The U.S.-led authority that governed Iraq after the 2003 invasion did not properly safeguard $8.8 billion of Iraq’s own money and this lack of oversight opened up these funds to corruption, said a U.S. audit released on Sunday.
The U.S. Special Inspector General for Iraq Reconstruction was scathing in criticism of how the Coalition Provisional Authority (CPA) handled Iraqi money until it handed over power last June to Iraq’s interim government.
“The CPA provided less-than-adequate controls for approximately $8.8 billion in DFI (Development Fund for Iraq) funds provided to Iraqi ministries through the national budget process,” said the report, released on the same day Iraqis voted in elections.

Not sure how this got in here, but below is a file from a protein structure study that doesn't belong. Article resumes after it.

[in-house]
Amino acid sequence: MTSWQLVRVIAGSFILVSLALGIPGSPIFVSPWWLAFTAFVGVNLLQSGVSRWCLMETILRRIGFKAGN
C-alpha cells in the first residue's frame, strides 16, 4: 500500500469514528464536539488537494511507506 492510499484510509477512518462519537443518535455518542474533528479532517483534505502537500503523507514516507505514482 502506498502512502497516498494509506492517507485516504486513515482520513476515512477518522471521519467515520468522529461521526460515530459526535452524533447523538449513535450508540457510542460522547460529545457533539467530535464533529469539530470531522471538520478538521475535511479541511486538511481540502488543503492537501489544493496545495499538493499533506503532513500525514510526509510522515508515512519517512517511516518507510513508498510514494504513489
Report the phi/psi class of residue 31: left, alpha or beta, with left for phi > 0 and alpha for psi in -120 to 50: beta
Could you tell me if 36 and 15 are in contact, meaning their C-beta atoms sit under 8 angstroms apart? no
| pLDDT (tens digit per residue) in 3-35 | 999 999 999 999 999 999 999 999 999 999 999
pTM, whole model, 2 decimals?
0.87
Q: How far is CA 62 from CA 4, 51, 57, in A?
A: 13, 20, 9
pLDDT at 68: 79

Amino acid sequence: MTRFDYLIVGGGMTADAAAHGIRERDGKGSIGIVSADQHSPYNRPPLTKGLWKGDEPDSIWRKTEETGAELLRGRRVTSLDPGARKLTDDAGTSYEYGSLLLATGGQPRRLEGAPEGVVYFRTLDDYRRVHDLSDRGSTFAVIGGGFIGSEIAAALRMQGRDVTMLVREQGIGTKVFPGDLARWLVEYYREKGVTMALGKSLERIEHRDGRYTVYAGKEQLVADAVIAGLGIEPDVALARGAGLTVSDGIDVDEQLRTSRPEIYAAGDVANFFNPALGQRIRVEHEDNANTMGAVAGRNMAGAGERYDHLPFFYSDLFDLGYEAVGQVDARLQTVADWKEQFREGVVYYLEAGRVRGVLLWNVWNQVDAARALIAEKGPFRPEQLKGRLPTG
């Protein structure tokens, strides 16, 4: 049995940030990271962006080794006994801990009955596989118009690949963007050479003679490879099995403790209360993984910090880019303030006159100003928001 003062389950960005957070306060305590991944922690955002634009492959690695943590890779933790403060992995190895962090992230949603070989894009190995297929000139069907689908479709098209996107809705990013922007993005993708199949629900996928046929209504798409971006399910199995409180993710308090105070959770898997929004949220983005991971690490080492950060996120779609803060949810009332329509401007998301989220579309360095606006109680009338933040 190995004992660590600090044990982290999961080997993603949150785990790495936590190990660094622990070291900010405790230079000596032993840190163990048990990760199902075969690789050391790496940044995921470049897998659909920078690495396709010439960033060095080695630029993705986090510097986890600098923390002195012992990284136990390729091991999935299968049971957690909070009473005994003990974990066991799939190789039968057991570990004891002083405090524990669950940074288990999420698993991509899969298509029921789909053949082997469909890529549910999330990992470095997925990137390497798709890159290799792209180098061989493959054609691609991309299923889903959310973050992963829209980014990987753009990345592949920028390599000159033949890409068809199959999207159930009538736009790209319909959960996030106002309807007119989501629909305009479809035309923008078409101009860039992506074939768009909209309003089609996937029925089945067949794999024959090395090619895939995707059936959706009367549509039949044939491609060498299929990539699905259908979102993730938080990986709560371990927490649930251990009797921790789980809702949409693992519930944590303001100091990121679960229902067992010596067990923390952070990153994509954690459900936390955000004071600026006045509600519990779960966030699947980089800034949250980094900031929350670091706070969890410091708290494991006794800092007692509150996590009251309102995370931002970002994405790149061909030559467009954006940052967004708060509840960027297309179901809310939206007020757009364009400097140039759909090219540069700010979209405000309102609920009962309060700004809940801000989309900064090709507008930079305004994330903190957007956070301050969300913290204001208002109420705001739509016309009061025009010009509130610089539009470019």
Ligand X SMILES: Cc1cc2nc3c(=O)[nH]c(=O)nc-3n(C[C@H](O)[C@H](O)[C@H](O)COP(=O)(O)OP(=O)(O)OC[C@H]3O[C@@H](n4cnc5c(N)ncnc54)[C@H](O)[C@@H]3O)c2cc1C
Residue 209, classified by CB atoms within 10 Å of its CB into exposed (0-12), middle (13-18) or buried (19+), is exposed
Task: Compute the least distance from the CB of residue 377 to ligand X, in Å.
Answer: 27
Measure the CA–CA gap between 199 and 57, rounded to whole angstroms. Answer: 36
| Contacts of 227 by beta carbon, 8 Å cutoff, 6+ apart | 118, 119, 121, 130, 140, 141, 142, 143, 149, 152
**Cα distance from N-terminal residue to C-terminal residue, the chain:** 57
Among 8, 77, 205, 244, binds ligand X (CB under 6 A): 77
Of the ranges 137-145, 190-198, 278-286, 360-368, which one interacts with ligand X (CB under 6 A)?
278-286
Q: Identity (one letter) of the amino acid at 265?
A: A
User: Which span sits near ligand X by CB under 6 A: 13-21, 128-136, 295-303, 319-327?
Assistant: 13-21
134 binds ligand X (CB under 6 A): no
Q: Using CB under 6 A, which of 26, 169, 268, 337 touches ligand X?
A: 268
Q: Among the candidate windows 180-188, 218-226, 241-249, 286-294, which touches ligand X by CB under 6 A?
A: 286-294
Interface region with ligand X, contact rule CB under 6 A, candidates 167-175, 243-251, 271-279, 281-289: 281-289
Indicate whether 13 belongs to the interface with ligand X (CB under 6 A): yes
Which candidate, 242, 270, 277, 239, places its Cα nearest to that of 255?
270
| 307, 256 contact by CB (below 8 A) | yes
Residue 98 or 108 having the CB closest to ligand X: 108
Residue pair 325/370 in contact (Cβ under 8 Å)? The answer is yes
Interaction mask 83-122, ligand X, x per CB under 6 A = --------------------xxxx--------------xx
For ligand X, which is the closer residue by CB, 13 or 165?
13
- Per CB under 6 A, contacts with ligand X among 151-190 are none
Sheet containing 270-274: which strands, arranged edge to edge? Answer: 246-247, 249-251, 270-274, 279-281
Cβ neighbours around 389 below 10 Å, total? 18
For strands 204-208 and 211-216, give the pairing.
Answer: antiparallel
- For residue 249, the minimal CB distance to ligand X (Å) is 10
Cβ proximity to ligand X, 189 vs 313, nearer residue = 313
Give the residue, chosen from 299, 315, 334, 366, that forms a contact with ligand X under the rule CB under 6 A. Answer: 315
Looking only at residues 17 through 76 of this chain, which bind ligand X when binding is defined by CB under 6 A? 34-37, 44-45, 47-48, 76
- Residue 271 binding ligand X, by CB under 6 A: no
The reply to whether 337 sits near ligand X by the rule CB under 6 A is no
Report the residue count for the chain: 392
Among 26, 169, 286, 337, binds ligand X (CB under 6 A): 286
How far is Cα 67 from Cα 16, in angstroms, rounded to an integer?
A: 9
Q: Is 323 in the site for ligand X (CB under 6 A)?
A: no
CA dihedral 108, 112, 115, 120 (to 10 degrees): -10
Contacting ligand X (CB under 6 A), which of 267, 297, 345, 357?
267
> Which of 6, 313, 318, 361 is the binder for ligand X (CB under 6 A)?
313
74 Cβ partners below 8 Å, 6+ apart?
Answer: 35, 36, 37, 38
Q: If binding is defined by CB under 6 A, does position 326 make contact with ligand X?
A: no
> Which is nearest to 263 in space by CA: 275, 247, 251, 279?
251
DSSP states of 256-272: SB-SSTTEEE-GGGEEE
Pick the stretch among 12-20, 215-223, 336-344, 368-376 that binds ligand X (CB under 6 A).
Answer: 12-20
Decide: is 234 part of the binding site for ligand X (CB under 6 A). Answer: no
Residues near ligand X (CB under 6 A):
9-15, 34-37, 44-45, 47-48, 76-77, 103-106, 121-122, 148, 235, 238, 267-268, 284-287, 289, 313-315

“We believe the CPA management of Iraq’s national budget process and oversight of Iraqi funds was burdened by severe inefficiencies and poor management,” he said.
DFI is made up of proceeds from Iraqi oil sales, frozen assets from foreign governments and surplus from the U.N. Oil for Food Program. Its handling has already come under fire by several U.N.-mandated audits.
The report said the CPA failed to ensure funds were not used to pay “ghost” employees and cited one example where CPA officials authorized payment for about 74,000 guards but only a fraction of these could later be validated.
Oh well, can’t expect fiscal responsibility from Republican cronies…